Susan Tedeschi, of the Tedeschi Trucks Band, isn’t acting when she begins to uncontrollably shake, whipping her arm through the air and slinging her hair around. She’s genuinely moved. A good example of this came during a set-closing cover of Herbie Hancock’s “Space Captain” in which her husband, guitarist Derek Trucks delivered a spine-tingling solo.

During that solo, Trucks’ controlled spasms on the guitar elevated everyone in the room. Asses lost their seats and hands took to the air like a Sunday morning church service. The man’s a badass, as Tedeschi put it in our interview two weeks ago. And so is his wife.

Not many guitarists in the world can step in after Trucks finishes up and keep the six-string singing, but Tedeschi does it with style, boldly taking solos that match her powerful vocals in confidence and beauty.

Meanwhile, on Tuesday night at the Music Hall, Tedscehi Trucks Band bassist Oteil Burbridge spent most of the night leaping across his bit of the stage, frequently coming close to falling over backwards, but through it all he maintained composure. Burbridge even took lead vocals for a roaring take on Jimi Hendrix’s “Manic Depression.” His brother, Kofi, rounded out the superstars in the 11-piece lineup on keys.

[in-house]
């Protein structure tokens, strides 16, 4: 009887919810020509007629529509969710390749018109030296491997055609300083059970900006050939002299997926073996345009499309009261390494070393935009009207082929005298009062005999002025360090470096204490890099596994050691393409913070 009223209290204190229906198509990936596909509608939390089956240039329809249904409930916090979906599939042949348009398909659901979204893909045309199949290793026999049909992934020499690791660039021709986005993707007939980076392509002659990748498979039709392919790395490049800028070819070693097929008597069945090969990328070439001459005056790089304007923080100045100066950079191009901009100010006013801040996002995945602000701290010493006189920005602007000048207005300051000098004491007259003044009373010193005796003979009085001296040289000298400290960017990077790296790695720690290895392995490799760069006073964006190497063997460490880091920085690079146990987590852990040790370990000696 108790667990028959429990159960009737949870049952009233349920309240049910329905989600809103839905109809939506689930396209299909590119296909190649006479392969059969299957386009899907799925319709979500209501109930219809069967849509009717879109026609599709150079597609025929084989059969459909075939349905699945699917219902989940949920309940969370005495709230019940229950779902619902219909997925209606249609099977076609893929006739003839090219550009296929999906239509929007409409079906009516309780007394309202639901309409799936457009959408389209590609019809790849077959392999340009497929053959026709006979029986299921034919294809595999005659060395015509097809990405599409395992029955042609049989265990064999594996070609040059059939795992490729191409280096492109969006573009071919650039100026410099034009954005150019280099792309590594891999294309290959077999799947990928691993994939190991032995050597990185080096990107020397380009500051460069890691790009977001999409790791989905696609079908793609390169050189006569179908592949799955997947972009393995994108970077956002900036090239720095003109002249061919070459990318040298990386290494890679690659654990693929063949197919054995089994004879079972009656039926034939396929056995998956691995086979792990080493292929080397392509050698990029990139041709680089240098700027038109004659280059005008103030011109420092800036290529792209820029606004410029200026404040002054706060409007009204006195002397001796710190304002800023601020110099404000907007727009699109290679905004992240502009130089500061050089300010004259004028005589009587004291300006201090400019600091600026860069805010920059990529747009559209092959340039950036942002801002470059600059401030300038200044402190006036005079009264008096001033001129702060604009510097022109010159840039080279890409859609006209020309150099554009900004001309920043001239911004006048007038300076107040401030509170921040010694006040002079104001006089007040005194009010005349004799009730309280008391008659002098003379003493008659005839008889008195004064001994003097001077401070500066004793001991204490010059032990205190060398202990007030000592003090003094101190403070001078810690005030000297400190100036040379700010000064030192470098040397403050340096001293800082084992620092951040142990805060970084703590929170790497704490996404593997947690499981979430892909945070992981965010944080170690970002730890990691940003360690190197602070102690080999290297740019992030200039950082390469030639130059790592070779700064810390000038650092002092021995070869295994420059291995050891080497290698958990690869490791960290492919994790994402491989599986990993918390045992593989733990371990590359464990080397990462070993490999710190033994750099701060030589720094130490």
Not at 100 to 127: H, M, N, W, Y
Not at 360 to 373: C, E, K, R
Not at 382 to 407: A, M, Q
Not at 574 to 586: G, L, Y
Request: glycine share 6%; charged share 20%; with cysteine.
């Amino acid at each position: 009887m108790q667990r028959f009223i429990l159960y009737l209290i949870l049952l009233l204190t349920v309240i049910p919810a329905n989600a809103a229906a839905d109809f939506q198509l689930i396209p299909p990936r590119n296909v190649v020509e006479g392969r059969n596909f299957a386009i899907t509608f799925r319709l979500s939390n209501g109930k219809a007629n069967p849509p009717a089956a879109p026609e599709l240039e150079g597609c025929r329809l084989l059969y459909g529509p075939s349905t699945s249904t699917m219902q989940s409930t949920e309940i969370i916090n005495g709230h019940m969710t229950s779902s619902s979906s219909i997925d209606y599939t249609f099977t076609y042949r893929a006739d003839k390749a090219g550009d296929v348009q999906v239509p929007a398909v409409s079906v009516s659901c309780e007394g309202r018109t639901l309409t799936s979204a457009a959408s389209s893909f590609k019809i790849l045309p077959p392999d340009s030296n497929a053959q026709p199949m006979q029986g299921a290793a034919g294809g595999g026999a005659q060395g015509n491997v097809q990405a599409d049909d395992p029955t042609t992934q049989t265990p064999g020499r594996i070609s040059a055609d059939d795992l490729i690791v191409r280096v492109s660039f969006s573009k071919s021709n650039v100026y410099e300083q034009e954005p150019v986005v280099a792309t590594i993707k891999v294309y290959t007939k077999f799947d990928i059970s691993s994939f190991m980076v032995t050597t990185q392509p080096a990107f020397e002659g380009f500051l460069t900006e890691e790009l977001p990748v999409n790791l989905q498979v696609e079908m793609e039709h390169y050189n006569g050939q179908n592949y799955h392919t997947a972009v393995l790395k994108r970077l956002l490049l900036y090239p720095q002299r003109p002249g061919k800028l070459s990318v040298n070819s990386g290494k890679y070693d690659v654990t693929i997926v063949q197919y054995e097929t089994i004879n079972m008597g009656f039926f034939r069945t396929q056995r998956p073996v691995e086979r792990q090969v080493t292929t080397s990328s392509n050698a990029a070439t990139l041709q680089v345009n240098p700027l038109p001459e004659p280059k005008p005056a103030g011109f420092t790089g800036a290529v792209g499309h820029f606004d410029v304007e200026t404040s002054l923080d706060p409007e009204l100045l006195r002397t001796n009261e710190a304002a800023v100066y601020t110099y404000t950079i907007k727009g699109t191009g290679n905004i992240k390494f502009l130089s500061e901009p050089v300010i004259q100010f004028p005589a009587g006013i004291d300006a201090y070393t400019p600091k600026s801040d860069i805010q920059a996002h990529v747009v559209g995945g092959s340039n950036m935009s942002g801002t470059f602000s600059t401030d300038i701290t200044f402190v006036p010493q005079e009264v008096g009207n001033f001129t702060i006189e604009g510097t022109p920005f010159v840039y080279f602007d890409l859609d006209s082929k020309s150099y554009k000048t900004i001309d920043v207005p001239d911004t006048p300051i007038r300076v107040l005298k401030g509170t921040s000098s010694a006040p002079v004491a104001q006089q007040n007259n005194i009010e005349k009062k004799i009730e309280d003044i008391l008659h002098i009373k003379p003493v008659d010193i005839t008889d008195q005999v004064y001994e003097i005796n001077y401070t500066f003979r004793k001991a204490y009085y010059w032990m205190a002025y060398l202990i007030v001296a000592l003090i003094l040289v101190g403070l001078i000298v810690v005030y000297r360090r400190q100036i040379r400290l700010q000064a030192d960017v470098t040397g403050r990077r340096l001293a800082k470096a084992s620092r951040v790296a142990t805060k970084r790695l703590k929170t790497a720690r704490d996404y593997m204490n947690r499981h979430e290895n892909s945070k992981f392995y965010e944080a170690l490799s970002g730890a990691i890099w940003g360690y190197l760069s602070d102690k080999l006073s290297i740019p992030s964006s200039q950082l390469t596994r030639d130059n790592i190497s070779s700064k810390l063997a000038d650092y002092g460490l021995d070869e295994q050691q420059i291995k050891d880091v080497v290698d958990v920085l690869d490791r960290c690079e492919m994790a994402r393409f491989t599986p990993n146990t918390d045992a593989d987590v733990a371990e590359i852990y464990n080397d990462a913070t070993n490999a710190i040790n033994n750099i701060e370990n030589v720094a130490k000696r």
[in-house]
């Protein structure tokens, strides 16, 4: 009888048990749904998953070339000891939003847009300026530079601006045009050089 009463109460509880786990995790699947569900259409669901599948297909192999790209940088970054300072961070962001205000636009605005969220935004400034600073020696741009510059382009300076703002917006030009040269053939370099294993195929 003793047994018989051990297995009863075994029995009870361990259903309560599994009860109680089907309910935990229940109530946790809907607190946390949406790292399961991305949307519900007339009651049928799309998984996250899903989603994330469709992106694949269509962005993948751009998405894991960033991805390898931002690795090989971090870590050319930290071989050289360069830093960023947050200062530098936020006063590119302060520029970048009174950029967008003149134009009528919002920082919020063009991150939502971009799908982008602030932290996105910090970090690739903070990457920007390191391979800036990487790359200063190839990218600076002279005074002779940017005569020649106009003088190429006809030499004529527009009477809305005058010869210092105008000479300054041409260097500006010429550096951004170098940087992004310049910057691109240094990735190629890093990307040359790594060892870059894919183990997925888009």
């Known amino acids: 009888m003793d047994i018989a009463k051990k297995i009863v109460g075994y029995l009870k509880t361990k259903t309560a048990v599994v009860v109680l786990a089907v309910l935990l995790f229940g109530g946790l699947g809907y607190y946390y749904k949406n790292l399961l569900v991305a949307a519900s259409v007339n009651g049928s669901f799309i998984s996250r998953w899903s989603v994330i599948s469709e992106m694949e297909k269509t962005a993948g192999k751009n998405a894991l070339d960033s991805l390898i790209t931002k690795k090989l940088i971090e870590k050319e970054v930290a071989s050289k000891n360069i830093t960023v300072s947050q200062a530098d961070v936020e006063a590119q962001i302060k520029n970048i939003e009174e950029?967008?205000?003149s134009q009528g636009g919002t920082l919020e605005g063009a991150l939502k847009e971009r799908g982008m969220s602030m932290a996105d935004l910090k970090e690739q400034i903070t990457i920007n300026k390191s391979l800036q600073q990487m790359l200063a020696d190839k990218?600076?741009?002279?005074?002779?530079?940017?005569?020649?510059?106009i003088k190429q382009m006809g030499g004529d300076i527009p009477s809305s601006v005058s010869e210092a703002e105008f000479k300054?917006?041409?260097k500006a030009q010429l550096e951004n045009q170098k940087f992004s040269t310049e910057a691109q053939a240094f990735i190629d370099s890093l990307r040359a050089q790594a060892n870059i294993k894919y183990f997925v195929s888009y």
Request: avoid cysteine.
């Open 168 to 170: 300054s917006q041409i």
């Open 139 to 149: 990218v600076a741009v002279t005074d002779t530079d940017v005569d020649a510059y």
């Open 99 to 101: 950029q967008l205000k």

Stevie Wonder’s “Uptight (Everything’s Alright)” was a perfect cover for the band as well, while “Midnight in Harlem” provided a highlight among originals.

With a night off before playing Birmingham on Thursday, Trucks and Tedeschi wandered out onto King Street after the show, stopping into Juanita Greenberg’s, where they watched Sarah Cole and Elise Testone sing together. While Trucks chatted with the crowd, Tedeschi jumped on stage and sang “Angel from Montgomery” with Cole (It’s on YouTube).

This couple is simultaneously super human in their talents and amazingly down-to-earth and humble. It’s evident on stage. The Tedeschi Trucks Band would have to exert more effort to play a bad show than a good one, there’s so much talent dripping out of them. The lid on the dusty jar of pickles in your grandmother’s pantry would be hard-pressed to be this tight. And this was the first show of a brand new band’s first official tour. It’s staggering, uplifting, and damn near soul-saving.

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